"I think that the system should have a way for an analyst to say, `I don't have enough information to make a judgment,' " Dr. Kay said. "There is really not a way to do that under the current system."

He added that while the analysts included caveats on their reports, those passages "tended to drop off as the reports would go up the food chain" inside the government.

As a result, virtually everyone in the United States intelligence community during both the Clinton and the current Bush administrations thought Iraq still had the illicit weapons, he said. And the government became a victim of its own certainty.

(Page 4 of 4)

"Alarm bells should have gone off when everyone believes the same thing," Dr. Kay said. "No one stood up and said, `Let's examine the footings for these conclusions.' I think you ought to have a place for contrarian views in the system."

Finds No Pressure From Bush

Dr. Kay said he was convinced that the analysts were not pressed by the Bush administration to make certain their prewar intelligence reports conformed to a White House agenda on Iraq.

Last year, some C.I.A. analysts said they had felt pressed to find links between Iraq and Al Qaeda to suit the administration. While Dr. Kay said he has no knowledge about that issue, he did not believe that pressure was placed on analysts regarding the weapons programs.

"All the analysts I have talked to said they never felt pressured on W.M.D.," he said. "Everyone believed that they had W.M.D."

Dr. Kay also said he never felt pressed by the Bush administration to shape his own reports on the status of Iraq's weapons. He said that in a White House meeting with Mr. Bush last August, the president urged him to uncover what really happened.

"The only comment I ever had from the president was to find the truth," Dr. Kay said. "I never got any pressure to find a certain outcome."

Dr. Kay, a former United Nations inspector who was brought in last summer to run the Iraq Survey Group by George J. Tenet, the director of central intelligence, said he resigned his post largely because he disagreed with the decision in November by the administration and the Pentagon to shift intelligence resources from the hunt for banned weapons to counterinsurgency efforts inside Iraq. Dr. Kay is being succeeded by Charles A. Duelfer, another former United Nations inspector, who has also expressed skepticism about whether the United States will find any chemical or biological weapons.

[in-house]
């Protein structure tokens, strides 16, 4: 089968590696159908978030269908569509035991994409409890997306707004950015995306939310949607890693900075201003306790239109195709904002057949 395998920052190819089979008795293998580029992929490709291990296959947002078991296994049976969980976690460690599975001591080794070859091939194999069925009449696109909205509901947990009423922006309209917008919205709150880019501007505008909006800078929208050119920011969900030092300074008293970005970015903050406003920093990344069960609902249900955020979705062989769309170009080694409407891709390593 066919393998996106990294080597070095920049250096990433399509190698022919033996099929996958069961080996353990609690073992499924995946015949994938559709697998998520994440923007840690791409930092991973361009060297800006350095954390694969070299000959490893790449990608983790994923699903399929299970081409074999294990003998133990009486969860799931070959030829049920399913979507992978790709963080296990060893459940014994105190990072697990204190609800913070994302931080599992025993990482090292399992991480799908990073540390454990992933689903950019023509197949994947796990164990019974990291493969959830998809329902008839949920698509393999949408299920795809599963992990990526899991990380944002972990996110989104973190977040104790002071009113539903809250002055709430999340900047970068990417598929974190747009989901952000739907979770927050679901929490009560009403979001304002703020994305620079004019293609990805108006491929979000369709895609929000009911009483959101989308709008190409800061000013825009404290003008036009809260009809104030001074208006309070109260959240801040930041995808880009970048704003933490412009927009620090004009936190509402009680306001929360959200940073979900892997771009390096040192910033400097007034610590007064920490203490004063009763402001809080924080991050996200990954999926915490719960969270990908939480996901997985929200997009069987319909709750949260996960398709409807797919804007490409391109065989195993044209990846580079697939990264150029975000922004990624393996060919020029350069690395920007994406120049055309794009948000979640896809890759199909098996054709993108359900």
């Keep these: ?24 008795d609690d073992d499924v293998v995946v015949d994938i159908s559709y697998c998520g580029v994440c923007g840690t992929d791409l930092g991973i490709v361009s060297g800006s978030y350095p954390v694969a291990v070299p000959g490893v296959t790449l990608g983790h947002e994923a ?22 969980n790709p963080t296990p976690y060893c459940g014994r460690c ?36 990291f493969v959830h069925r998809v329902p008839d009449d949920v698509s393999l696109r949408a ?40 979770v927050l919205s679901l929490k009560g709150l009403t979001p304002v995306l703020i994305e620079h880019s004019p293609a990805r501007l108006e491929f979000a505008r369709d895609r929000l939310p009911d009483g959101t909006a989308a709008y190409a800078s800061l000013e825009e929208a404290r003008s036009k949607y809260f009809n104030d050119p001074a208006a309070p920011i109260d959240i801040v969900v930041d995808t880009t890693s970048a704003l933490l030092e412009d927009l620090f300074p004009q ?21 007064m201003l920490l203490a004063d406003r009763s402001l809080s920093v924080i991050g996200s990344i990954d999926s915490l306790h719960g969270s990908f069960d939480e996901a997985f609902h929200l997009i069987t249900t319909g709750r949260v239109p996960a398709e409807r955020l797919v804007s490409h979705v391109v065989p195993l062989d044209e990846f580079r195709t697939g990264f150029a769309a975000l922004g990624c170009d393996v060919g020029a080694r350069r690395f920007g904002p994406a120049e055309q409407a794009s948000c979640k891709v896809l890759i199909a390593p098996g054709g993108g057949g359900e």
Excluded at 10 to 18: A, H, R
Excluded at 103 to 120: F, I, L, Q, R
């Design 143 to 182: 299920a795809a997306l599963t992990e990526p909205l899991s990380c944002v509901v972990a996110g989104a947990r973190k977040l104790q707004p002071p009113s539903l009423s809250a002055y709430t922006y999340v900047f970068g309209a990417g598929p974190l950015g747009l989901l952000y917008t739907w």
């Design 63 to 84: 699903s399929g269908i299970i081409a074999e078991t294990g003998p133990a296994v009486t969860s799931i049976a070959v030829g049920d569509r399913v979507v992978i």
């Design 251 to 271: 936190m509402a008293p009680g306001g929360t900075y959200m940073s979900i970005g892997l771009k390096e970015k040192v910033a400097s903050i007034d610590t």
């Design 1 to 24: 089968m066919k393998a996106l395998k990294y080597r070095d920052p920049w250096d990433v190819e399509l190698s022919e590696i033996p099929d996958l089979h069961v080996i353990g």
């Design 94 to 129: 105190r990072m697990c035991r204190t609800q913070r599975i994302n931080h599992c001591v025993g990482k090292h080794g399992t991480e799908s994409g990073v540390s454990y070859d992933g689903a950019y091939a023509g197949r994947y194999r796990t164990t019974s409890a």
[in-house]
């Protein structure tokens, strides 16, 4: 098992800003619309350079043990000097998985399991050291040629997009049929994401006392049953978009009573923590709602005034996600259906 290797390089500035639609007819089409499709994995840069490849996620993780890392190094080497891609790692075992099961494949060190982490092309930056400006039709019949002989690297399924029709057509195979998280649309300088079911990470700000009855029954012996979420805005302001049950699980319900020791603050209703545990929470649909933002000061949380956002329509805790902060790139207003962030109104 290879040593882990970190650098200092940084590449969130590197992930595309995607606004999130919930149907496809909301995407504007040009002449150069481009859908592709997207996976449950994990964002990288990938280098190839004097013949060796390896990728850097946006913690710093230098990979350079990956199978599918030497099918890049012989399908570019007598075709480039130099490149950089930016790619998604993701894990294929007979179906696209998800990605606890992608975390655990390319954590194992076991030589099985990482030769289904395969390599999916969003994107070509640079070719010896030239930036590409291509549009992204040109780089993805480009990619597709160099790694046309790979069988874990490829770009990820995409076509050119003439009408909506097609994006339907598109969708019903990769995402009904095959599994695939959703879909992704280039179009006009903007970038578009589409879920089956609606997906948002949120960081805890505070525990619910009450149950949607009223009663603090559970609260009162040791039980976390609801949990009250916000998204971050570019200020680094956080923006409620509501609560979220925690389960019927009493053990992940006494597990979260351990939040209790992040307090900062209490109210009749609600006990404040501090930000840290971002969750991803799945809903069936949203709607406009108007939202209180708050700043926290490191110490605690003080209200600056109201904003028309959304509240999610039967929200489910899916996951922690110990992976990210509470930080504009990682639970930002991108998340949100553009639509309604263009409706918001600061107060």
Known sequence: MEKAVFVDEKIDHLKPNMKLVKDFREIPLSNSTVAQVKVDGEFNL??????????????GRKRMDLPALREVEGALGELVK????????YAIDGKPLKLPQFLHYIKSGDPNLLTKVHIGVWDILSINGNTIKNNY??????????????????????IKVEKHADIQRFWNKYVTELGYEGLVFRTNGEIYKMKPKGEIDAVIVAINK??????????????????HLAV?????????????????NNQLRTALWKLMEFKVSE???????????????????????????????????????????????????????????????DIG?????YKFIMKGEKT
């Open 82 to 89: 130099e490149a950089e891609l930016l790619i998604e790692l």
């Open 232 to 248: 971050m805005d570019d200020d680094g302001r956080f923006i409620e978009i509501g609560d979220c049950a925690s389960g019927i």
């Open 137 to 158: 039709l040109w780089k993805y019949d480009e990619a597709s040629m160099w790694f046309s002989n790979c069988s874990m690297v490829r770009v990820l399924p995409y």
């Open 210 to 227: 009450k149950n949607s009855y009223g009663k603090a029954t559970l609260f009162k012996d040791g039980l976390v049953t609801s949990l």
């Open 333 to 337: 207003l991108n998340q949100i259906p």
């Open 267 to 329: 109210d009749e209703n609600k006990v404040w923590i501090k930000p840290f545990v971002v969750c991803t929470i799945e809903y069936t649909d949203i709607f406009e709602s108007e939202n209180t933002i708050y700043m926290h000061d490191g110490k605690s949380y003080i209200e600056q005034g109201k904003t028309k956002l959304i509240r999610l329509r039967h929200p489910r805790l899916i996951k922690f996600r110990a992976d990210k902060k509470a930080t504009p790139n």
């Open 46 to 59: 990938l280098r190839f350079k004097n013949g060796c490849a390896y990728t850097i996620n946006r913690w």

Dr. Kay said the decision to shift resources away from the weapons hunt came at a time of "near panic" among American officials in Baghdad because of rising casualties caused by bombings and ambushes of American troops.

He added that the decision ran counter to written assurances he had been given when he took the job, and that the shift in resources had severely hampered the weapons hunt.

He said that there is only a limited amount of time left to conduct a thorough search before a new Iraqi government takes over in the summer, and that there are already signs of resistance to the work by Iraqi government officials.

alien space marine
North Korea has nukes we arnt you blasting them ? They wouldnt have any problems with selling weapons to terrorist under the table as they are poor desperate enough and unlike Saddam they could actually attack north america with a long range missle. I think the reason Bush went into Iraq was because he was easy picking and Iraq had oil to repay the U.S in the future. It is great that Saddam is in Jail and Iraq has a new future. But in regards to the U.S safety it didnt do anything but stab a hole in your economy and deplete your war stocks and Kill 550 american troops, In the end it just gave you a small satisfaction of removing a bastard tyrant. According to CNN Poll 76% of americans dont feel any safer with Saddam gone.

A Black Falcon
After you finish that...

http://www.nytimes.com/2004/01/29/opinion/29DOWD.html
OP-ED COLUMNIST
Dump Cheney Now!
By MAUREEN DOWD

Published: January 29, 2022

ASHINGTON The awful part is that George W. Bush and Saddam Hussein were both staring into the same cracked spook- house mirror.